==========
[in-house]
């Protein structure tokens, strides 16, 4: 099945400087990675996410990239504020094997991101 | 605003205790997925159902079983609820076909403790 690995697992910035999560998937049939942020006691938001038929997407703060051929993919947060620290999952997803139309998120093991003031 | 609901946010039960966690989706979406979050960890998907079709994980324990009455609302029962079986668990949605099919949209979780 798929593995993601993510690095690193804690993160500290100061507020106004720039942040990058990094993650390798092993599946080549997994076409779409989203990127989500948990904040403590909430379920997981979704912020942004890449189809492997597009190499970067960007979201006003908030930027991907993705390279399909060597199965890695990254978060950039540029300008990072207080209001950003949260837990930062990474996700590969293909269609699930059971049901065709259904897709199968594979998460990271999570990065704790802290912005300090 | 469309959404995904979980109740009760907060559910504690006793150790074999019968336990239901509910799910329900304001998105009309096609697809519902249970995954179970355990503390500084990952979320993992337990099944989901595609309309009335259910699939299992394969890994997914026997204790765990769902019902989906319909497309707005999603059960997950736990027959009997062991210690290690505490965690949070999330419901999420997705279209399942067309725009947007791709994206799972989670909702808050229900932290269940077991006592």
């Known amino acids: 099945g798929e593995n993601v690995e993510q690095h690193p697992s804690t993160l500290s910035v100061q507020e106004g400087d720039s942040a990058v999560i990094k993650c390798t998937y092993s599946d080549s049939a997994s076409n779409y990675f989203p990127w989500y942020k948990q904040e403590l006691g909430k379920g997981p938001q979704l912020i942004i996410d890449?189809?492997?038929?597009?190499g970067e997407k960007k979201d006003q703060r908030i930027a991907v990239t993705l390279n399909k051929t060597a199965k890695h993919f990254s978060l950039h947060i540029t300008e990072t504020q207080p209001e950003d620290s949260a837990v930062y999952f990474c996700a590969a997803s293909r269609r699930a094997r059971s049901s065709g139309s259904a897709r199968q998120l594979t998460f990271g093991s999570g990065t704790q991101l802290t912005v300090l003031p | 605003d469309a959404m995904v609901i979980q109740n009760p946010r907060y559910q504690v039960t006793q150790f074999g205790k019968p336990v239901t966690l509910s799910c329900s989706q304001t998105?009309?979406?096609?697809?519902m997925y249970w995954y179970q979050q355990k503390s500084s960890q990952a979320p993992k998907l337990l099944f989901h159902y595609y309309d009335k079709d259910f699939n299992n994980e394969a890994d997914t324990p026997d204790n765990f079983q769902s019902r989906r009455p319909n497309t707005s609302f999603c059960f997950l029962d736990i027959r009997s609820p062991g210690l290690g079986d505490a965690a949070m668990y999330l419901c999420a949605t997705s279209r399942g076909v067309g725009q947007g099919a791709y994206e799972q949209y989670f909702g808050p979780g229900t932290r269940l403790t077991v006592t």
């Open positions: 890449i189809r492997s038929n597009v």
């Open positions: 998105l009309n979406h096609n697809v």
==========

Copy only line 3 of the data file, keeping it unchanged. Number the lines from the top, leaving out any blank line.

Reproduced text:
């Known amino acids: 099945g798929e593995n993601v690995e993510q690095h690193p697992s804690t993160l500290s910035v100061q507020e106004g400087d720039s942040a990058v999560i990094k993650c390798t998937y092993s599946d080549s049939a997994s076409n779409y990675f989203p990127w989500y942020k948990q904040e403590l006691g909430k379920g997981p938001q979704l912020i942004i996410d890449?189809?492997?038929?597009?190499g970067e997407k960007k979201d006003q703060r908030i930027a991907v990239t993705l390279n399909k051929t060597a199965k890695h993919f990254s978060l950039h947060i540029t300008e990072t504020q207080p209001e950003d620290s949260a837990v930062y999952f990474c996700a590969a997803s293909r269609r699930a094997r059971s049901s065709g139309s259904a897709r199968q998120l594979t998460f990271g093991s999570g990065t704790q991101l802290t912005v300090l003031p | 605003d469309a959404m995904v609901i979980q109740n009760p946010r907060y559910q504690v039960t006793q150790f074999g205790k019968p336990v239901t966690l509910s799910c329900s989706q304001t998105?009309?979406?096609?697809?519902m997925y249970w995954y179970q979050q355990k503390s500084s960890q990952a979320p993992k998907l337990l099944f989901h159902y595609y309309d009335k079709d259910f699939n299992n994980e394969a890994d997914t324990p026997d204790n765990f079983q769902s019902r989906r009455p319909n497309t707005s609302f999603c059960f997950l029962d736990i027959r009997s609820p062991g210690l290690g079986d505490a965690a949070m668990y999330l419901c999420a949605t997705s279209r399942g076909v067309g725009q947007g099919a791709y994206e799972q949209y989670f909702g808050p979780g229900t932290r269940l403790t077991v006592t």